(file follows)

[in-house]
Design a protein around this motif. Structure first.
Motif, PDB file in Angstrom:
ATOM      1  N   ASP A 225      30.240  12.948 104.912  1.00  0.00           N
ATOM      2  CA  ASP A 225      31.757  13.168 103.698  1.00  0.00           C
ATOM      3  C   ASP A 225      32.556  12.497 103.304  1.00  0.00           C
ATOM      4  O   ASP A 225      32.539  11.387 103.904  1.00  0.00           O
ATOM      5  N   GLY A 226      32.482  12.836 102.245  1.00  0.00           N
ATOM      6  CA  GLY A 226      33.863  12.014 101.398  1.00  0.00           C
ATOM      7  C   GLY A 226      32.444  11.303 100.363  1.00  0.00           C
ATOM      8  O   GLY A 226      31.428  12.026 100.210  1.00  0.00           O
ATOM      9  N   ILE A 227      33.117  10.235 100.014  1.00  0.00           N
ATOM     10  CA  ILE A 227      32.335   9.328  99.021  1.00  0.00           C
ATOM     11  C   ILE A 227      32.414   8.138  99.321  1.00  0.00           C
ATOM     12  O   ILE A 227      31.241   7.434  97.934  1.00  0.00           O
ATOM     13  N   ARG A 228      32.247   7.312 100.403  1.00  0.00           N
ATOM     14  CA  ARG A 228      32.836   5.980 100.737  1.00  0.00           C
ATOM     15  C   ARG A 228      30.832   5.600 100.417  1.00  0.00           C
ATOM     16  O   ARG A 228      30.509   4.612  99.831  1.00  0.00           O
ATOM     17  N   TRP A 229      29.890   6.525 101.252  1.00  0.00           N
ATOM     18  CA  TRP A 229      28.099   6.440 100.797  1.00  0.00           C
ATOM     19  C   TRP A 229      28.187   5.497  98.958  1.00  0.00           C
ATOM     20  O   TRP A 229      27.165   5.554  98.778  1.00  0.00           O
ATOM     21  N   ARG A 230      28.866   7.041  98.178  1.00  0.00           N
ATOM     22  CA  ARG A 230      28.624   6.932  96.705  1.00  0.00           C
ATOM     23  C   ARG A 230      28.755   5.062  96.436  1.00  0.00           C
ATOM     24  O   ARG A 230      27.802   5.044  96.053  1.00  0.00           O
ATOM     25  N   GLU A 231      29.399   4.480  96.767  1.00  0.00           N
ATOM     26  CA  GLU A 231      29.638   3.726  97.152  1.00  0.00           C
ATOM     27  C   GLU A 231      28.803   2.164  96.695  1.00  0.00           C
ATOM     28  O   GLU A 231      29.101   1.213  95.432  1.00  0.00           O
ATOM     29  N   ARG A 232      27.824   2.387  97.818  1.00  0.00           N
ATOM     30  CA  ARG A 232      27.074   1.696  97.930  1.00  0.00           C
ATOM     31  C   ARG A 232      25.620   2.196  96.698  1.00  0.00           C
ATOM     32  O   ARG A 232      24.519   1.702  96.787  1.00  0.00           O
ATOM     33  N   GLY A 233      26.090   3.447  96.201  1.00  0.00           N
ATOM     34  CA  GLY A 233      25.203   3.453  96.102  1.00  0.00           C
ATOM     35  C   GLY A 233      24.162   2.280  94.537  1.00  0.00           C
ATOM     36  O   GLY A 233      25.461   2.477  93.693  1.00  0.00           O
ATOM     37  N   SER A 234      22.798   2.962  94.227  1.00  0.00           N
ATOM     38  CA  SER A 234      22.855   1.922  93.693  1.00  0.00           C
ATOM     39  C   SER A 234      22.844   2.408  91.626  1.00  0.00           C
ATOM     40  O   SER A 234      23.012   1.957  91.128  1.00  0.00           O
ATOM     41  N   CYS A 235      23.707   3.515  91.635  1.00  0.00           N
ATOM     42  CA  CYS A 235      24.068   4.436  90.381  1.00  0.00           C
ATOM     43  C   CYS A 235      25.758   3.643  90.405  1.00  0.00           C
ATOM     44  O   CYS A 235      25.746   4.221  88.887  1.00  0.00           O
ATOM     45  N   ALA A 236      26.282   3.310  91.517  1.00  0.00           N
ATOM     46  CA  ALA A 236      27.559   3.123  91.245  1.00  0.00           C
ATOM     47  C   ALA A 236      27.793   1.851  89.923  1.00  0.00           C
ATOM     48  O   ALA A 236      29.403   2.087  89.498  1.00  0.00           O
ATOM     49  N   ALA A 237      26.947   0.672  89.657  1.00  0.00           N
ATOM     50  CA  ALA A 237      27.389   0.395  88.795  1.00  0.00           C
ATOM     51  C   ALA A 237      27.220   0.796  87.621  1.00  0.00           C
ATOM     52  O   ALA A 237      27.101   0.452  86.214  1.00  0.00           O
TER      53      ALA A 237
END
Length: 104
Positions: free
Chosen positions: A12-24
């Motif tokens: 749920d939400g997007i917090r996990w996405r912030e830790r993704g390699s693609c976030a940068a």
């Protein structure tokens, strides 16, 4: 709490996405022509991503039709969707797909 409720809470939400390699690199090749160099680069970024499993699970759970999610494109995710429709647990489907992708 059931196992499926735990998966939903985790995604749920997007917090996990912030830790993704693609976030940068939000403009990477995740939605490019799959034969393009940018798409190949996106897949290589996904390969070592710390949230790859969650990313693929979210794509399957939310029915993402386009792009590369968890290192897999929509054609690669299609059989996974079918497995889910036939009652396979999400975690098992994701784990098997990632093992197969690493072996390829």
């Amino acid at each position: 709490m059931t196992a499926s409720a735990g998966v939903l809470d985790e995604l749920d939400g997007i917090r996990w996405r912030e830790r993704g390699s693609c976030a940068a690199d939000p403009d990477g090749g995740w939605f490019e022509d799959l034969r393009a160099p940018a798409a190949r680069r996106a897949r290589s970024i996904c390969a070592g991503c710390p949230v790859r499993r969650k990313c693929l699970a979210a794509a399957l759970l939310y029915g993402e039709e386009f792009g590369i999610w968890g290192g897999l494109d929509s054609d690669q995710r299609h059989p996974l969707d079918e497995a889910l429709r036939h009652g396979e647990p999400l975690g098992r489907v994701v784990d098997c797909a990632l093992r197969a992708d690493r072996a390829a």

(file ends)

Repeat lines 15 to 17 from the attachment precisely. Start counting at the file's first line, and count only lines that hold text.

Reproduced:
ATOM     12  O   ILE A 227      31.241   7.434  97.934  1.00  0.00           O
ATOM     13  N   ARG A 228      32.247   7.312 100.403  1.00  0.00           N
ATOM     14  CA  ARG A 228      32.836   5.980 100.737  1.00  0.00           C